The Metaphysical Club
Farrar, Straus and Giroux, 560 pp., $27.00
Pragmatism claims that human thinking and acting, from the least sophisticated to the most sophisticated, are driven by the need to respond to problems: all thought and action are provoked by a tension between ourselves as needy organisms on the one side and, on the other, the environment that must satisfy those needs. We think and act in order to reduce that tension. We are hungry, so we identify food, acquire it, and eat it; we are puzzled by the recurrent patterns of the stars, so we elaborate our first astronomical theories, and as they produce more puzzles, we refine them. Our beliefs about food and the stars are labeled as “true” if what we get is what sustains us. What we call the truth about reality is just a way of describing successful thinking. What, then, is the problem to which pragmatism is an answer? What tension between which organisms and what environment produced that philosophical position as an answer?
Louis Menand’s answer in The Metaphysical Club is both dramatic and persuasive. It is, he thinks, the Civil War to which we must look for the answer. More exactly, it is the Civil War as it was experienced by the young Oliver Wendell Holmes Jr. and by his teachers, friends, and intellectual antagonists in mid-nineteenth-century Cambridge. The “problem,” to which the philosophy of pragmatism seemed eventually to supply a solution, was the problem of conviction. The idea that the nineteenth century was the century of a crisis of faith is familiar enough. Yet pragmatism was a solution to a somewhat different crisis of faith. It was not the loss of conviction but a surfeit of it that pragmatism addressed. In Menand’s account of the thinking of Oliver Wendell Holmes, Charles Sanders Peirce, William James, and John Dewey, pragmatism aimed to wean us off religious and ideological convictions—convictions of which the social, political, and moral beliefs of most people are subspecies. The problem of belief to which pragmatism provided an answer was not the familiar Victorian problem of a loss of faith, but the problem of an excess of faith.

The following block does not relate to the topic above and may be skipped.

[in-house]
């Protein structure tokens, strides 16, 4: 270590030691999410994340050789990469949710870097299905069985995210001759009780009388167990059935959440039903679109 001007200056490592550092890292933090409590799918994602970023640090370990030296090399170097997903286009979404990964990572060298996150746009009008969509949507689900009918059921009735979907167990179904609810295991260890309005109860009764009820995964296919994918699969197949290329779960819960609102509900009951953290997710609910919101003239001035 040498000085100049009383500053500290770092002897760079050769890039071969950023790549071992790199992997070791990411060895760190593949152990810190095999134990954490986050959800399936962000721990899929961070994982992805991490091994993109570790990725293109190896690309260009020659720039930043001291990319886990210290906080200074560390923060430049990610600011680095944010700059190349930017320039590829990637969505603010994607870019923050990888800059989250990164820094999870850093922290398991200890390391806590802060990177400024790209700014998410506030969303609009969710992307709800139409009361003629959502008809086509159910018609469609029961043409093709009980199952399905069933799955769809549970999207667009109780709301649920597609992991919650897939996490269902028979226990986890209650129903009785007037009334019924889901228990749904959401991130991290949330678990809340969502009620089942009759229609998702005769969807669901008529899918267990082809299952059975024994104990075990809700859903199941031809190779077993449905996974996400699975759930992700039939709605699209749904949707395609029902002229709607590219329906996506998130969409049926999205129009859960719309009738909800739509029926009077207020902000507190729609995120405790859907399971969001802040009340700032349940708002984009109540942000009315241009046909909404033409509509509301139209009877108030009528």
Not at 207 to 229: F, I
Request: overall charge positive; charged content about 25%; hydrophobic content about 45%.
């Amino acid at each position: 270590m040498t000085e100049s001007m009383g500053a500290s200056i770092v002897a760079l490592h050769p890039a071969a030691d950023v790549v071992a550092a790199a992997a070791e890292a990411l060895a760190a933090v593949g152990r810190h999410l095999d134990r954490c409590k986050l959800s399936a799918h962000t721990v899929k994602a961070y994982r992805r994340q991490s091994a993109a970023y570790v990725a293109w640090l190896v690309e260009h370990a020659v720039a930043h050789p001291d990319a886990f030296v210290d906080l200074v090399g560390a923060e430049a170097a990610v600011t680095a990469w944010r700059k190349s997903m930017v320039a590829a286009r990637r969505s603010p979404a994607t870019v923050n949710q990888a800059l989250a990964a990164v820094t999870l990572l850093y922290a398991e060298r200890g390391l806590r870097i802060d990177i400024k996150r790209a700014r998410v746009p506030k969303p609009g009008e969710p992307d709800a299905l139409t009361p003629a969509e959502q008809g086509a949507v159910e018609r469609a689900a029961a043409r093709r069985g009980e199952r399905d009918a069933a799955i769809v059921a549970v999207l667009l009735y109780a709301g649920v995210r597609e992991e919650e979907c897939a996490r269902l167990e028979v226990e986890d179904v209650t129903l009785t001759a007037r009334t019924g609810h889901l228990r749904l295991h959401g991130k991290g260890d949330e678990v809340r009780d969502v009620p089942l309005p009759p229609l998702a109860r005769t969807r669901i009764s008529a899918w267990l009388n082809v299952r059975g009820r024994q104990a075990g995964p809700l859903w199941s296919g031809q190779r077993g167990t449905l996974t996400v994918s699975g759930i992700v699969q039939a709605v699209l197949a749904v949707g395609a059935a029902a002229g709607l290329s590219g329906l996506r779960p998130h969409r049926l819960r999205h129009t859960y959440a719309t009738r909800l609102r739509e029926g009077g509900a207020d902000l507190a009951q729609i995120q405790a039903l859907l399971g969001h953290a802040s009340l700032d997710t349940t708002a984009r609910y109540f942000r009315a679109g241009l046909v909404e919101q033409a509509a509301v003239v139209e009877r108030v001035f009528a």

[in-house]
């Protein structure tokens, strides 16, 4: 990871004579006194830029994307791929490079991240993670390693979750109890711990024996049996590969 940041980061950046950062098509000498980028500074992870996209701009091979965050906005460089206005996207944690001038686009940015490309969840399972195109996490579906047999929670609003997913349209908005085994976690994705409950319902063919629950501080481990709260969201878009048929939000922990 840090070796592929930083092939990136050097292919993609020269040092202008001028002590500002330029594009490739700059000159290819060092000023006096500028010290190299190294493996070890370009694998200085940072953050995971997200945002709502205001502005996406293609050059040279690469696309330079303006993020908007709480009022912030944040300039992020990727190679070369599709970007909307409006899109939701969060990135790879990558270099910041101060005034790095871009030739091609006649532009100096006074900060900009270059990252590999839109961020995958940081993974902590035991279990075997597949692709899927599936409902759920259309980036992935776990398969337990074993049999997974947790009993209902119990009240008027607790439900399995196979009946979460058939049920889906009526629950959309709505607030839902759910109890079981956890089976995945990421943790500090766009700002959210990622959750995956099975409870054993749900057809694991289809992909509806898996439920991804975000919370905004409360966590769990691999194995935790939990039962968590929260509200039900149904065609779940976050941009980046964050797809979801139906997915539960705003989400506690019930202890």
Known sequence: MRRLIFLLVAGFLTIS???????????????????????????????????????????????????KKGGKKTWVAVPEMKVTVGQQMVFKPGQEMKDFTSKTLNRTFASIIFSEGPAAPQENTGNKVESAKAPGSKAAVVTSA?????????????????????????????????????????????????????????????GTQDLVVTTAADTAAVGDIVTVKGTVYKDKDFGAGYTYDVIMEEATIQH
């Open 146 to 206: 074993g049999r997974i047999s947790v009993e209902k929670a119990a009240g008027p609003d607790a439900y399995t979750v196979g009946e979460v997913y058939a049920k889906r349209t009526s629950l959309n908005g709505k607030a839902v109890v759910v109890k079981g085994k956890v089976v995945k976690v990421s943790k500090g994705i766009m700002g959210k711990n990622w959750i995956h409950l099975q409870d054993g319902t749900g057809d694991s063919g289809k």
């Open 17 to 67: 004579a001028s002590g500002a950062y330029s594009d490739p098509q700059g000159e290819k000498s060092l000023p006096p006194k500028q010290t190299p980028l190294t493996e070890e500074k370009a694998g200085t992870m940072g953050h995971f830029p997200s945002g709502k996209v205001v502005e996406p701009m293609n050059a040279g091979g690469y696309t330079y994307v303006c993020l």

John Maynard Keynes memorably expressed his anxiety about the malign impact of ideology when he wrote, “Madmen in authority, who hear voices in the air, are usually distilling their frenzy from some academic scribbler of a few years back.” Holmes would have agreed, save that it was not so much academic scribblers that he had in mind as the abolitionists whose passionate desire to see an end to slavery had finally provoked the Civil War that killed many of his closest friends, all but cost him his life, and took from him every vestige of a faith in fixed principles for whose sake we might feel duty-bound to get ourselves killed.
The problem, then, might be expressed as that of discovering some way in which we can be in command of our ideas rather than vice versa. The goal is to think clearly, and without illusions—not …